Probably the most important component in any home solar installation is the inverter. It’s also the most complex, which makes getting the right one essential in any DIY setup. We’re going to discuss inverters, what they are, and what to look for when choosing one for your home setup.
Essentially, a solar inverter converts DC current generated by solar panels into AC current used by appliances. The way solar panels work, by forcing electrons through a path to generate current creates Direct Current. It flows in one direction, as dictated by the panel.
The utilities provide AC current, so all our appliances need Alternating Current feeds. It’s used because it’s the most efficient medium to transmit power over long distances. Despite that, many appliances actually use DC for running, but are wired to convert AC to DC internally. So even though the appliance itself may use DC current, it still needs an AC feed.
To convert the power generated by a solar panel into usable electricity we need a solar converter. The type depends on where you’re going to use it. There are different models for homes, commercial properties, RVs and boats.
The first consideration is the voltage. In older systems, the standard was 12 volts. Newer systems use either 24 or 48 volts. The higher the voltage the lower the current, which makes wiring a system easier and cheaper.
The output needs to conform too. The standard utility service in America is 115 and 230 volts at a frequency of 60 Hertz. The solar inverter will need to match this if you’re using it in a building.
Next up is capacity. How much do you need the inverter to be able to handle? There are three levels of power rating. Continuous rating, a limited-time rating, and a surge rating. Continuous is the amount of power the inverter can handle for an indefinite period of time. Limited-time rating is a short burst of power for 30 minutes or so, and the surge rating is the ability to feed an inductive load of an appliance.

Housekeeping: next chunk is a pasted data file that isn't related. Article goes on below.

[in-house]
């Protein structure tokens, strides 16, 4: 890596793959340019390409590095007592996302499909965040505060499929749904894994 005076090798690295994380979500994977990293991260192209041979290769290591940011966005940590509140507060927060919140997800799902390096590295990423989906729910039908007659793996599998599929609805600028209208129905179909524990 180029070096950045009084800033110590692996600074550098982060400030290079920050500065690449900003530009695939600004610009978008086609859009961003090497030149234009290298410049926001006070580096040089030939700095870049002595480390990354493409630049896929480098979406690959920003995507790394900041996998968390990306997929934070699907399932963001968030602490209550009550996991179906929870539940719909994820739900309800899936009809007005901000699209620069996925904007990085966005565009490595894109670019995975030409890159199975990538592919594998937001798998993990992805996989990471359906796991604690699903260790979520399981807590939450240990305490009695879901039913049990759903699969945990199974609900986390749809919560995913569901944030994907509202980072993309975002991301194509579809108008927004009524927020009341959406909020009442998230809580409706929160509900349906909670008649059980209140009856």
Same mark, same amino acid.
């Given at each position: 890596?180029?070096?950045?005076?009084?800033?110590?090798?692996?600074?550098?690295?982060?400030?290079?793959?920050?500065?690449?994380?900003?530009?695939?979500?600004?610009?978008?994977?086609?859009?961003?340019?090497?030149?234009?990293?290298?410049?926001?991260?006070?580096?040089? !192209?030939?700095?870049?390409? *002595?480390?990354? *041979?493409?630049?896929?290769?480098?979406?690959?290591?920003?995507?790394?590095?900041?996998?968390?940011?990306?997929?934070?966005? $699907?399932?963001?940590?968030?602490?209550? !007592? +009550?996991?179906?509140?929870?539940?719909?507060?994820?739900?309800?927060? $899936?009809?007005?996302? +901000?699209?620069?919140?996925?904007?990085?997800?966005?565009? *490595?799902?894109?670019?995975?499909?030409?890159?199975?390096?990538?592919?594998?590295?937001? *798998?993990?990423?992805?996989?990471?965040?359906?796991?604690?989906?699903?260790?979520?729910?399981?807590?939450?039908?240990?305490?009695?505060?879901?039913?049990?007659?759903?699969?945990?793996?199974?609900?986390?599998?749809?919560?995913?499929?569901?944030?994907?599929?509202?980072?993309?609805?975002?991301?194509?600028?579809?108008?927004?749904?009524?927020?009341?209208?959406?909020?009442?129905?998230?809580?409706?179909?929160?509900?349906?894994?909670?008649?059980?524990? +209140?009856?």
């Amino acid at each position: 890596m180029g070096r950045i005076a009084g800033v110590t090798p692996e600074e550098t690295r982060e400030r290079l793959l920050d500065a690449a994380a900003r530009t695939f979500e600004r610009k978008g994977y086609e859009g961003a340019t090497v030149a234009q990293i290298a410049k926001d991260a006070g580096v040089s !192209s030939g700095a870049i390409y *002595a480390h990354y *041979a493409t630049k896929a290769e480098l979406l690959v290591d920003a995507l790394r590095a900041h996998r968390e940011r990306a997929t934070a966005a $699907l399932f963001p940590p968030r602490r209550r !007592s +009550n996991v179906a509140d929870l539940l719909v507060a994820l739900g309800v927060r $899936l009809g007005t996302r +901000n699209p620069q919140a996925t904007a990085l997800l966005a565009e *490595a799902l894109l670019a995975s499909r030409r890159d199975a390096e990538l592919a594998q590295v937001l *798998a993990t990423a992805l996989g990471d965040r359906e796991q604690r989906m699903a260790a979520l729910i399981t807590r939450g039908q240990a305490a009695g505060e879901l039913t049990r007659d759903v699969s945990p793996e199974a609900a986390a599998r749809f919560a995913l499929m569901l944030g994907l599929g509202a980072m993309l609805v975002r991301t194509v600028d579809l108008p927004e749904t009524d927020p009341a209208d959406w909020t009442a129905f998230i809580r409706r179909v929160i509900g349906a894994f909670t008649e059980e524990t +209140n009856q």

The capacity of the solar inverter must exceed the needs of the system. The continuous rating should be a little over the peak output of the solar panels, and the other ratings should also match. The specifics are out of scope of this article, but will be discussed another time.
The next important aspect of a solar inverter is the sine wave. This is what our appliance like to be fed. The cleaner the wave, the quieter our equipment. There are two types, modified sine wave, and sine wave. Modified sine wave inverters simulate a sine wave. They aren’t as efficient as true sine wave, and can have detrimental effects on sensitive equipment like computers.
Total harmonic distortion of the wave below 6 percent should be fine for normal home appliances. You need less than 3 percent if you have sensitive electronics, like servers or recording equipment.
There is much more to choosing a solar inverter as you can imagine. But these points are the most important ones. While price is a factor, you absolutely must have the right tool for the job first.